"…HMRC had determined to examine the claim in further detail… In essence, the question is one of degree and in our view the further steps taken indicate the undertaking of an “examination”, “investigation” or “scrutiny” of the return."
The UT concluded that the letter of 6 September 2012, and HMRC's subsequent actions in seeking advice, constituted an enquiry and the letter also constituted notice of an intention to enquire into Portland's return. The UT was of the view that no particular form of notice was required: the only requirement being that its intended effect is reasonably ascertainable by the recipient.
With regard to the question whether HMRC had issued a closure notice, the UT was of the opinion that the letter of 23 November 2012 was capable of constituting a closure notice. The letter stated that HMRC had taken advice and was maintaining its position. In the view of the UT: "The letter… was clearly intended to be a final expression of HMRC’s views". Again, the UT indicated that a closure notice did not need to be in a particular form.
The matter will now return to the FTT for determination of the substantive SDLT appeal.
HMRC argued that a finding in favour of Portland would mean that on every occasion in which HMRC responded to an enquiry on a land transaction return it would be deemed to have opened an enquiry and that it was critical that there must be a clear intention shown on the part of HMRC before it could be deemed to have opened an enquiry. The UT, sensibly, rejected this submission and ruled that the question was "one of degree". Where it is necessary for HMRC to go beyond a mechanistic reply; where it seeks advice; or otherwise examines, investigates or scrutinises a return, it will be the case that it has chosen to enquire.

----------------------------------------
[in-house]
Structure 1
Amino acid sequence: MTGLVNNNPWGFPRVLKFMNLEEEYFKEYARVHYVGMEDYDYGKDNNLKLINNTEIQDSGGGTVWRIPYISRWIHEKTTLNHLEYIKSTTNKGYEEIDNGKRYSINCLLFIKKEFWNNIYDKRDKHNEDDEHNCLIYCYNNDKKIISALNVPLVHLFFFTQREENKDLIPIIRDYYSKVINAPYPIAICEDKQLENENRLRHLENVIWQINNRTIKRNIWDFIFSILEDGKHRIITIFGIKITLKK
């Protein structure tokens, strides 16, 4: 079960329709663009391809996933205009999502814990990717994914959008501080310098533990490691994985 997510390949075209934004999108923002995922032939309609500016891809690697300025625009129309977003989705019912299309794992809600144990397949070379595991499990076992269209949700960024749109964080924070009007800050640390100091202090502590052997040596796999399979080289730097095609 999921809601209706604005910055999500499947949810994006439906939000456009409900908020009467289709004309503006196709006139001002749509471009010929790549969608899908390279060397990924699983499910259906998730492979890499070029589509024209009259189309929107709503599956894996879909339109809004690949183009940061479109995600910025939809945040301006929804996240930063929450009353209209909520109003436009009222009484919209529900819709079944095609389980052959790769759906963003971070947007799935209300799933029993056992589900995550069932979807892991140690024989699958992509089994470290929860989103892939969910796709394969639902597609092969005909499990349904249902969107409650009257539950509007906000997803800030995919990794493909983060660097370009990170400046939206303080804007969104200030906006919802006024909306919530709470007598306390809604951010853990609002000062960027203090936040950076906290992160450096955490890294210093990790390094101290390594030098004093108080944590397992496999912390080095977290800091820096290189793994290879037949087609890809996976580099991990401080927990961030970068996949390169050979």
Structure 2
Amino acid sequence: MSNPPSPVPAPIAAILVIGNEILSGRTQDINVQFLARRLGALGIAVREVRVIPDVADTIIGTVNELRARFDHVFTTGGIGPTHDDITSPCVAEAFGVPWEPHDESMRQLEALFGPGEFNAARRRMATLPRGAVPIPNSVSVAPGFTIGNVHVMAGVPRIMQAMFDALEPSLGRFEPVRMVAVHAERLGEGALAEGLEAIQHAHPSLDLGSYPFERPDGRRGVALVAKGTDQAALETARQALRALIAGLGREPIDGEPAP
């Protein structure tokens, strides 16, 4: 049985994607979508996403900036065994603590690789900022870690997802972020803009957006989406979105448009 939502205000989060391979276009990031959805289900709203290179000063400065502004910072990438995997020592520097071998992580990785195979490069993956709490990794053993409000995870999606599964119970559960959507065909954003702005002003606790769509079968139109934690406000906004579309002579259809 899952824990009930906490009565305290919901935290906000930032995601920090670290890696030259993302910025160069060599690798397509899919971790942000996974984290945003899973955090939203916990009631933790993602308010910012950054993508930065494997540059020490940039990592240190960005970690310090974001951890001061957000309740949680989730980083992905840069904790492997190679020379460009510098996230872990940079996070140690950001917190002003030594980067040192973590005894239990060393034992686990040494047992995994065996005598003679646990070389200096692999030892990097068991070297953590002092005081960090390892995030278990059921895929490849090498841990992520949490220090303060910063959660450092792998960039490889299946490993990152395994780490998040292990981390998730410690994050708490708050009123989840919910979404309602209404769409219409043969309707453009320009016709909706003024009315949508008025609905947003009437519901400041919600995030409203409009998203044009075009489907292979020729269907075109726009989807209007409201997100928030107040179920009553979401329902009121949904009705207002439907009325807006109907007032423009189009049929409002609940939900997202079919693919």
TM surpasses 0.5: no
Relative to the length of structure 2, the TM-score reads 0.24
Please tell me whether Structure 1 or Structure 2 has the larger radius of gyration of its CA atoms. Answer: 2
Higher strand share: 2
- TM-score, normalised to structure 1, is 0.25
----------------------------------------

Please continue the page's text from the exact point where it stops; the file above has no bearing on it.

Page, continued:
This is an unusual case in that it was the taxpayer (rather than HMRC) who successfully argued that substance should prevail over form. The UT's findings on the meaning of the term 'enquiry', and on the requirements for an enquiry to have been opened and closed, should ensure that taxpayers are not prevented from challenging HMRC's decisions on the basis that such decisions have not been conveyed in a particular form.